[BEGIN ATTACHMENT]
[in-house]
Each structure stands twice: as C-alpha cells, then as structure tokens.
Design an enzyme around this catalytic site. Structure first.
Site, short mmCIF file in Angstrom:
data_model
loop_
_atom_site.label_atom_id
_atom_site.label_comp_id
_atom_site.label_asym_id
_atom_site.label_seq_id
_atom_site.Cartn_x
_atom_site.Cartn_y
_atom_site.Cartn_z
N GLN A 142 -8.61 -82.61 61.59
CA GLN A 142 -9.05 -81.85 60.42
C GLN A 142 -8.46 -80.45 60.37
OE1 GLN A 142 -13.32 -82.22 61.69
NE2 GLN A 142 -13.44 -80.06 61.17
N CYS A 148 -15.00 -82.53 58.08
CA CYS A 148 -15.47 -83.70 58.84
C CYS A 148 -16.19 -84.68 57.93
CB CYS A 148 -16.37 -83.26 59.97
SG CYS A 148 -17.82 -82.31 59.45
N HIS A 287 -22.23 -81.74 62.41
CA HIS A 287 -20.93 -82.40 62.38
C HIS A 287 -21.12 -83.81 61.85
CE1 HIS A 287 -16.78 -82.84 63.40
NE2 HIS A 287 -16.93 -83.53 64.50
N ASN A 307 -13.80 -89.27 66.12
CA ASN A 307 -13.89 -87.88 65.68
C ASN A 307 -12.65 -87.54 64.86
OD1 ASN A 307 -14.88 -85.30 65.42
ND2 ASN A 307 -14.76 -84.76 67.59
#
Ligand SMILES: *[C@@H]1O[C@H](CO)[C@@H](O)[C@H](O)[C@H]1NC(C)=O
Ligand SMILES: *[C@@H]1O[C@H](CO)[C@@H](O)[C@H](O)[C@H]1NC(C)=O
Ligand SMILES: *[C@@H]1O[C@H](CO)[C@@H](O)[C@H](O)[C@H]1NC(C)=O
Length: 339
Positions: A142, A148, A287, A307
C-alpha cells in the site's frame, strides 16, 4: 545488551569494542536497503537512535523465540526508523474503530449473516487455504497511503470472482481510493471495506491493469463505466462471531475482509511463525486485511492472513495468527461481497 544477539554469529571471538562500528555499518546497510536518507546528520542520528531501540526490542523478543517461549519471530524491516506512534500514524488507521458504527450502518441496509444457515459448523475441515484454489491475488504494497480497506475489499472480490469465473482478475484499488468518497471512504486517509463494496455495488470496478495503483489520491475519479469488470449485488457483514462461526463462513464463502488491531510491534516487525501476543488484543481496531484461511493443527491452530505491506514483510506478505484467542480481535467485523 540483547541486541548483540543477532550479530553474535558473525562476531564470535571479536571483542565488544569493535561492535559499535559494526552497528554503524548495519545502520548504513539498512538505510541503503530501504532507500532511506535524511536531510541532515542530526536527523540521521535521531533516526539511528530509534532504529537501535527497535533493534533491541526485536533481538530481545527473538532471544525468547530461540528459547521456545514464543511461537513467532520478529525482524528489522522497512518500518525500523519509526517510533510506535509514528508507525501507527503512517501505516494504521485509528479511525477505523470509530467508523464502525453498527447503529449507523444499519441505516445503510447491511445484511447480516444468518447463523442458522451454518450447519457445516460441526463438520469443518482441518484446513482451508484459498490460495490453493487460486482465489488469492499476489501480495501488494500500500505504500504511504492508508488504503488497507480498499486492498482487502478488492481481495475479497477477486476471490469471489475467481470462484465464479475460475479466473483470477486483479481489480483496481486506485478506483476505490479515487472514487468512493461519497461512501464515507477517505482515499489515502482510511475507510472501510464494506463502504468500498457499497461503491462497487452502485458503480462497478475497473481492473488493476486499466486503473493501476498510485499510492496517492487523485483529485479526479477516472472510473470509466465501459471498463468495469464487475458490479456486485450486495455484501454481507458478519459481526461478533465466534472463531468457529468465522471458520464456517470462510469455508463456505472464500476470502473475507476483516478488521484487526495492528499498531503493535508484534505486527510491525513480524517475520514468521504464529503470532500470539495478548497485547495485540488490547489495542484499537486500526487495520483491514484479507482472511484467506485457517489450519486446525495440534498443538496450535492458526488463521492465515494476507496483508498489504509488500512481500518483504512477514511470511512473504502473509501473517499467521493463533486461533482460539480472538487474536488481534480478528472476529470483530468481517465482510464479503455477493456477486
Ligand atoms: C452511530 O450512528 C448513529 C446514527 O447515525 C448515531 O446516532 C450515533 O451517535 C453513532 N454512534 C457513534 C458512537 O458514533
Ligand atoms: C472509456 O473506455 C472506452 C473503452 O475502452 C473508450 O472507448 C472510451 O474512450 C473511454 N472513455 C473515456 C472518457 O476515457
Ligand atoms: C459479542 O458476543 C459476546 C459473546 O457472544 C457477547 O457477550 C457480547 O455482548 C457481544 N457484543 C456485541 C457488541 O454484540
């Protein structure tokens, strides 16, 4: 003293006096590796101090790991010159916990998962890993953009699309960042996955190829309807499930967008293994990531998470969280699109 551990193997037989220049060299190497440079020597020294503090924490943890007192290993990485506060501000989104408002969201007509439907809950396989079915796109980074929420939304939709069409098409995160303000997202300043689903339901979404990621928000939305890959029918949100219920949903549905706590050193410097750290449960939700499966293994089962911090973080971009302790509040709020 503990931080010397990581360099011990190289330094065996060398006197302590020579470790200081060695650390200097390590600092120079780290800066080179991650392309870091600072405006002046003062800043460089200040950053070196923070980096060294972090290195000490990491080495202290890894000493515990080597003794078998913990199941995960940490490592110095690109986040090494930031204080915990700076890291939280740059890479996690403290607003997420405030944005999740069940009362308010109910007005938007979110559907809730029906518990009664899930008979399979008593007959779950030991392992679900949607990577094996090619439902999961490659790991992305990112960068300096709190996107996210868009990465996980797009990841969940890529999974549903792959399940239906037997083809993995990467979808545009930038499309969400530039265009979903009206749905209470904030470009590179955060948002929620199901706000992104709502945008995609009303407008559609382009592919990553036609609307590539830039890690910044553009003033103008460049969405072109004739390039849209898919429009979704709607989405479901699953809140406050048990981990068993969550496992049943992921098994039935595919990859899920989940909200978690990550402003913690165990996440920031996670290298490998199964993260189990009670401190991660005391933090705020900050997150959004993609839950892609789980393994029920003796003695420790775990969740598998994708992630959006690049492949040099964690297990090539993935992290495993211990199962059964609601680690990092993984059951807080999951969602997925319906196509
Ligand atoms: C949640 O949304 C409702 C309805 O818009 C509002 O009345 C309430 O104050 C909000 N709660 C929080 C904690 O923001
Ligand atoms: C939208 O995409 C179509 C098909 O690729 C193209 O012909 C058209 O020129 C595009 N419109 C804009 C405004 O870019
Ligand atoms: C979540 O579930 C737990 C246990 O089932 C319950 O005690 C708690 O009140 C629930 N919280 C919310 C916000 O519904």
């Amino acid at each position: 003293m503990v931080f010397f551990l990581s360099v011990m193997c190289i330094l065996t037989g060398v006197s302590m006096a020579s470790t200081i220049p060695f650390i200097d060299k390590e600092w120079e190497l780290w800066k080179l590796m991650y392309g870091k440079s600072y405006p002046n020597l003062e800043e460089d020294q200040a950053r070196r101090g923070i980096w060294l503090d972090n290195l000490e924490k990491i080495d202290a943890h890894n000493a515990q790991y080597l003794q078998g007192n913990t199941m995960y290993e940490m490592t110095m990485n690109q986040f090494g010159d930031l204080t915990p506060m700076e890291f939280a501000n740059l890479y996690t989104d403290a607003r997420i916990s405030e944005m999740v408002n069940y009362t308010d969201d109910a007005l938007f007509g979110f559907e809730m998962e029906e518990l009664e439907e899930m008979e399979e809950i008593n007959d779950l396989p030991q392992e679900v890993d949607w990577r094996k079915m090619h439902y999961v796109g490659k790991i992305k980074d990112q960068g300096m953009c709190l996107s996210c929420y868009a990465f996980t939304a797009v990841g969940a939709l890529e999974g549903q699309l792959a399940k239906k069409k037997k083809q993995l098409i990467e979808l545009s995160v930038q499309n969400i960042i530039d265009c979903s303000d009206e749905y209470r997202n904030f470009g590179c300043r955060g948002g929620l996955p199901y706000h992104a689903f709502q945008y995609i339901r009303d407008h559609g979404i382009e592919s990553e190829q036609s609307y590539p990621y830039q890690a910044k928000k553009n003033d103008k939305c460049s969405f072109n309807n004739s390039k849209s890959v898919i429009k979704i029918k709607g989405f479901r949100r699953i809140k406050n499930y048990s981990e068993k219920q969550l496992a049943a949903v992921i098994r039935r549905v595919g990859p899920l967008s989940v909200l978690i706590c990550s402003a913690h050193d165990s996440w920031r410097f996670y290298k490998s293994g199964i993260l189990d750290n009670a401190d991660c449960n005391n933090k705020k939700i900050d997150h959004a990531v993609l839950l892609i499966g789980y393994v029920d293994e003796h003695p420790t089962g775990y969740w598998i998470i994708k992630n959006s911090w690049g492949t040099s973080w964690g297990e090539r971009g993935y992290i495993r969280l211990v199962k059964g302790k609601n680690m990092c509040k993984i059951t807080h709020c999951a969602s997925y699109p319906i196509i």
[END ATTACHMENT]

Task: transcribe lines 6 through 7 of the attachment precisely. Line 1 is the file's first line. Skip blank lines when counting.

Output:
loop_
_atom_site.label_atom_id